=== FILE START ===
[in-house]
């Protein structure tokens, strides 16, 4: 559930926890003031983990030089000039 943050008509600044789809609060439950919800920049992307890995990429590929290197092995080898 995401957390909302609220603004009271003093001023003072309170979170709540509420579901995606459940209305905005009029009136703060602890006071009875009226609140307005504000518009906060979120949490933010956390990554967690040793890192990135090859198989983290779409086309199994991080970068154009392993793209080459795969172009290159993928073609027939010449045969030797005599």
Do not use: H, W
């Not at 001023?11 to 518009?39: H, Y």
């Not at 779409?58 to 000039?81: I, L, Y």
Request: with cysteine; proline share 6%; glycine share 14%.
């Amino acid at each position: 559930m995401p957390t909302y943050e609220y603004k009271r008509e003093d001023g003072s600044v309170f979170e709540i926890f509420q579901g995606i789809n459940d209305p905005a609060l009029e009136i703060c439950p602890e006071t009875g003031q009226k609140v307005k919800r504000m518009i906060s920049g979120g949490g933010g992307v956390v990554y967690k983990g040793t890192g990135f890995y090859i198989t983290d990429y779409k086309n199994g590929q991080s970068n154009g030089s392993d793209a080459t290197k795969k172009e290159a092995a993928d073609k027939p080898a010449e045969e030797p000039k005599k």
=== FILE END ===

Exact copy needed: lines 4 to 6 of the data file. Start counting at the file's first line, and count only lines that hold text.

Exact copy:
């Not at 001023?11 to 518009?39: H, Y």
């Not at 779409?58 to 000039?81: I, L, Y």
Request: with cysteine; proline share 6%; glycine share 14%.